Your dogs love you. They really, really love you

Recent studies by a neuroscientist give weight to the conventional wisdom regarding dogs' capacity for unconditional love. Some dog owners at Sam Combs dog park in West Sac talk about how they know their

Rocky. Peyton. Sophie. Cakes. Oliver.

These are just a few of the dogs who have touched my life

I know I loved them, but did they love me?

Well. Sophie, a standard poodle, pooped in my brother’s room and chewed up his baseball glove when he was mean to me.

Rocky, a German shepherd-Labrador-Doberman mix, was very obedient with minimal training, became upset when his people argued, and generally exhibited a highly developed moral character. There is no question in my mind Rocky was as capable of love as any human I’ve known. I believe he loved us.

Cakes, a strong-willed bullmastiff whose normal demeanor was a sort of studied guilelessness, tipped his hand and showed me he cared what I thought by frolicking in an uncharacteristically winsome manner when he knew I was mad at him for some infraction.

Peyton, a Doberman, was just a sweetie pie, as some dogs are.

I don’t think Oliver loved me. I don’t think this irascible Airedale loved anyone.  He was kind of the Greta Garbo of dogs -- he just wanted to be left alone.

Of course, these are highly subjective interpretations of canine motives, but as most people who love dogs know, human-canine relationships are more complex than a simple matter of providing food in exchange for affection.

Now there is scientific evidence that backs that up.

A dog lover and neuroscientist who has studied the issue of dogs’ motives has found that in most cases, dogs are as motivated by food as by praise. About 20 percent of dogs care more about praise than treats.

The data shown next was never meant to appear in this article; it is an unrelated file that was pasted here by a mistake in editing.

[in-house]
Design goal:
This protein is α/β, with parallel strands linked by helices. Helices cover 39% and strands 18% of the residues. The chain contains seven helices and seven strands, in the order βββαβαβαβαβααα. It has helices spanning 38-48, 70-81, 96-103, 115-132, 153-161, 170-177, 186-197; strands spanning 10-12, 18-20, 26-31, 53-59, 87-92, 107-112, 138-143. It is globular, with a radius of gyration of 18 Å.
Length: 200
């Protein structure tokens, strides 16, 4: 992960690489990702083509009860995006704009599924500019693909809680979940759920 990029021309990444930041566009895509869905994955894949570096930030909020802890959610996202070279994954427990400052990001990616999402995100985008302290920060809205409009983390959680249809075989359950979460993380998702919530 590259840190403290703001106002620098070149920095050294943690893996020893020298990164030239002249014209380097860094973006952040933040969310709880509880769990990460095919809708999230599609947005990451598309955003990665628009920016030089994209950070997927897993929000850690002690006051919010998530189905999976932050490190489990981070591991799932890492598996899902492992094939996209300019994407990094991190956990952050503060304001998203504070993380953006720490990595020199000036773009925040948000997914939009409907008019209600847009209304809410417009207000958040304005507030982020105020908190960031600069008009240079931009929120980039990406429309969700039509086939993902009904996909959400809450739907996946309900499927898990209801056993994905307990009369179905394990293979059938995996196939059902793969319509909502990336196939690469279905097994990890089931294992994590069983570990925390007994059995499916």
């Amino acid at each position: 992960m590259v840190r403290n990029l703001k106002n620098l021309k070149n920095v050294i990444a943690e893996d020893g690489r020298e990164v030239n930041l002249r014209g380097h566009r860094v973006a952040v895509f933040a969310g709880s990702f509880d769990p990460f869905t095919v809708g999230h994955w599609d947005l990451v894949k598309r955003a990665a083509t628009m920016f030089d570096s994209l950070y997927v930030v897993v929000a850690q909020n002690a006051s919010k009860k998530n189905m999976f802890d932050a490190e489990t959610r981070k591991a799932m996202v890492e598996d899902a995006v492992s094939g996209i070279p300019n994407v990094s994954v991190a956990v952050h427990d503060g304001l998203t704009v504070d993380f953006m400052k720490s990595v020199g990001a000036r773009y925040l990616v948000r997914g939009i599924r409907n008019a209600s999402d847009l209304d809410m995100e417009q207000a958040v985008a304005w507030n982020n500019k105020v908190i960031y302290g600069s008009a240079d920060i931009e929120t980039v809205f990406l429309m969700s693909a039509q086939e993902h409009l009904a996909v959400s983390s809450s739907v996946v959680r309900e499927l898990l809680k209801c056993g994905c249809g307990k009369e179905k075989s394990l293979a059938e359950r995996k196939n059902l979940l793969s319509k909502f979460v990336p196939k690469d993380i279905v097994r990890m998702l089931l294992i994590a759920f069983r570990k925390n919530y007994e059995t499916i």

Gregory Berns began studying dogs’ brains in an MRI scanner in 2012 in an attempt to answer the question, and others, according to a recent New York Times article.

Besides his findings about what motivates them, the testing Berns did on about 90 dogs showed that canines use corresponding parts of their brains to solve problems, and that facial recognition is hardwired, not taught – something we didn’t know before.

But back to the love.

Almost anyone with a dog in their lives can attest (some gushingly) to dogs’ capacity for unconditional love. I visited the Sam Combs dog park in West Sac, where I found no lack of witnesses willing to present evidence of their dogs’ love for them.

West Sac resident Dianerik Ramirez is sure her pit bull mix, Bane, loves her.

Not only is he highly responsive to her moods and attitudes, he displays concern for her well-being.

“There have been moments when I have not felt my best, and he comes to sit with me or comes to lick my face,” she said.

Rena Duran of Arden-Arcade said her dog Monte, a Chihuahua-terrier mix, doesn’t just love her – he loves most other people and dogs.

When Monte goes with Duran to pick up her daughter at school, he’s a big favorite with her classmates and basks in their attention.

Wednesday afternoon at the dog park, Monte, a tiny scrap of a dog, cheerfully ran up to Bane, easily 10 times his size, asking to play. When Bane indicated disinclination, Monte scampered off without appearing to bear a grudge.

Ginger Styrsky arrived with Murphy, a 10-year-old German shepherd-Labrador mix.

Styrsky feels certain Murphy loves her.

Since he was a puppy, she has fed and cared for him. He is bonded to her.

He shows affection in typical canine fashion.

“Sometimes he nuzzles, sometimes he cries. He rubs against you; comes over and shows you his butt so you’ll pet it – it’s true love,” she said, laughing.

© 2017 KXTV-TV


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